The group-as-a-whole-object relations model of group psychotherapy

D. Rosen, K. W. Stukenberg, Stephen Saeks

Research output: Contribution to journalReview article

5 Citations (Scopus)

Abstract

The authors review the theoretical basis of group psychotherapy performed at The Menninger Clinic and demonstrate how the theory has been put into practice on two different types of inpatient units. The fundamental elements of the theory and practice used can be traced to object relations theory as originally proposed by Melanie Klein. Her work with individuals was directly applied to working with groups by Ezriel and Bion, who focused on interpreting group tension. More modern approaches have reintegrated working with individual concerns while also attending to the group-as-a-whole. Historically, these principles have been applied to long-term group treatment. The authors apply the concepts from the group-as-a-whole literature to short- and medium-length inpatient groups with open membership. They offer clinical examples of the application of these principles in short-term inpatient settings in groups with open membership.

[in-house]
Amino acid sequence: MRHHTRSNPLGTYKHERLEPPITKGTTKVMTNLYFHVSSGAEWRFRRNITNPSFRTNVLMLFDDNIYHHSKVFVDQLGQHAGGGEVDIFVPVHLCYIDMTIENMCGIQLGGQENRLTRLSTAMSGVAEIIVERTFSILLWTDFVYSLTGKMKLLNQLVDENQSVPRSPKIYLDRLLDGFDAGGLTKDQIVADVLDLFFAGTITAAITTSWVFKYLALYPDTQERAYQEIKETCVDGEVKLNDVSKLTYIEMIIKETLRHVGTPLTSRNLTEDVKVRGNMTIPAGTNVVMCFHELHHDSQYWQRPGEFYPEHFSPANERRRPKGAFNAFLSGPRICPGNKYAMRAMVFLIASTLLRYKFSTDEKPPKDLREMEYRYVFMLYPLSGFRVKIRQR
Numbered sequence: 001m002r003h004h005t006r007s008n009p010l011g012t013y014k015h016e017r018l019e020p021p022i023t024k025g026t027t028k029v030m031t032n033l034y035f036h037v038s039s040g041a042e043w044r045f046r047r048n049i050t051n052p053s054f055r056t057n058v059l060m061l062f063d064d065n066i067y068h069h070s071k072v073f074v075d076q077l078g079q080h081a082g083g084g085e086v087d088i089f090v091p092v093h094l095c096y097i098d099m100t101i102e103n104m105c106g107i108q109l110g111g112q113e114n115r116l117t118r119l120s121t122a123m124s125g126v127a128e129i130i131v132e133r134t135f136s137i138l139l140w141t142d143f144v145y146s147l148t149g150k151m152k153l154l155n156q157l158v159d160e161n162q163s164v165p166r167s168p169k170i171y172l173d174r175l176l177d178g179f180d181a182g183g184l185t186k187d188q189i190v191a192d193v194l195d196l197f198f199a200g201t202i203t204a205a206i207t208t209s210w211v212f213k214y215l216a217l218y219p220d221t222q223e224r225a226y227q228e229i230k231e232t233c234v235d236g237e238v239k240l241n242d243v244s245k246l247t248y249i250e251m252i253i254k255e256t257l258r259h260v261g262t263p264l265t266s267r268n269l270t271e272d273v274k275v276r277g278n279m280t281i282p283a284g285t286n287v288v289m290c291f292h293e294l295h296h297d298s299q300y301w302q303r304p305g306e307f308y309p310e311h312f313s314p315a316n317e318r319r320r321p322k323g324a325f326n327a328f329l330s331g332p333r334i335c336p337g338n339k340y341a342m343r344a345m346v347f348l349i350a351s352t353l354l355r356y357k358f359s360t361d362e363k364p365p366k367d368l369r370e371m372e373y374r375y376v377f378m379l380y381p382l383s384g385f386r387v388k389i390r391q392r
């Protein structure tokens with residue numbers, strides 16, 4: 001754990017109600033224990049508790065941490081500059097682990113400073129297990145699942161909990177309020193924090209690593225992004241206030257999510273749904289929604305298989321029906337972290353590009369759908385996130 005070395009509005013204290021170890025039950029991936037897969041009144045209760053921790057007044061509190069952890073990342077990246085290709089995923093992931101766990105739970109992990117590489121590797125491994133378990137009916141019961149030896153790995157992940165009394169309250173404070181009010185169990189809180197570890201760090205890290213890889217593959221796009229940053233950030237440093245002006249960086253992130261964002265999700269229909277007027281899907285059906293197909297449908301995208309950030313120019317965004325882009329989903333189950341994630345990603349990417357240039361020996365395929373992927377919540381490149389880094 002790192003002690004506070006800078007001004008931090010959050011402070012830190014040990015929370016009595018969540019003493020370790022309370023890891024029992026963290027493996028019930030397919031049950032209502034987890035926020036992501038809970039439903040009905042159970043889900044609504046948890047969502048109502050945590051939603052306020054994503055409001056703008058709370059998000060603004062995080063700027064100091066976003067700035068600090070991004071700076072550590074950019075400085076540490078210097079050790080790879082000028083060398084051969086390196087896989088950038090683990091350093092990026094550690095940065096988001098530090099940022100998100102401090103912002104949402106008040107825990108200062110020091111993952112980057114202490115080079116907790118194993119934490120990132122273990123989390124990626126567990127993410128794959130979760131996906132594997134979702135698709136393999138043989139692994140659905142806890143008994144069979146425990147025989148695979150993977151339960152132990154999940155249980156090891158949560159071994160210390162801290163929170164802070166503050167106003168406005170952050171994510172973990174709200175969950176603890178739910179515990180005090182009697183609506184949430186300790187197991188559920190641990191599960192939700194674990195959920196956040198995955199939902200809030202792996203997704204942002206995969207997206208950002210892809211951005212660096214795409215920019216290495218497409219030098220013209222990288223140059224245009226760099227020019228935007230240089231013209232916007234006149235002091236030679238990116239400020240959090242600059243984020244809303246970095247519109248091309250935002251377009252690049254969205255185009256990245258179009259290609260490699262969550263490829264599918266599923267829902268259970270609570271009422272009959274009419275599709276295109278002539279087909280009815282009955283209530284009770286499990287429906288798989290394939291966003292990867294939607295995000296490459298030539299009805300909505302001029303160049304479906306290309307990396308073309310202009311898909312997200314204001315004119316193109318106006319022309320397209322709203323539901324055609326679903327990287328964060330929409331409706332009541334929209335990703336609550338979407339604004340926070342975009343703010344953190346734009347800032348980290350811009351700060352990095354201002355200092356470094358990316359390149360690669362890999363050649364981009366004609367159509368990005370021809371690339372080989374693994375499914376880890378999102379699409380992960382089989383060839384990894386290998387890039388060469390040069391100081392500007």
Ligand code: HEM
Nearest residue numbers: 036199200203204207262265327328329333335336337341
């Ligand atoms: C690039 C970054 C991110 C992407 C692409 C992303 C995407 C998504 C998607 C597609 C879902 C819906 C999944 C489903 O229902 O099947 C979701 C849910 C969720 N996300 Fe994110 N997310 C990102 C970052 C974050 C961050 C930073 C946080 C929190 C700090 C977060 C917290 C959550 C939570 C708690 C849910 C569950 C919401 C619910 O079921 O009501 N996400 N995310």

Original languageEnglish (US)
Pages (from-to)471-488
Number of pages18
JournalBulletin of the Menninger Clinic
Volume65
Issue number4
DOIs
StatePublished - Dec 10 2001
Externally publishedYes

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Group Psychotherapy
Inpatients
Object Attachment
Therapeutics

ASJC Scopus subject areas

  • Phychiatric Mental Health
  • Clinical Psychology
  • Psychiatry and Mental health

Cite this

The group-as-a-whole-object relations model of group psychotherapy. / Rosen, D.; Stukenberg, K. W.; Saeks, Stephen.

In: Bulletin of the Menninger Clinic, Vol. 65, No. 4, 10.12.2001, p. 471-488.

Research output: Contribution to journalReview article

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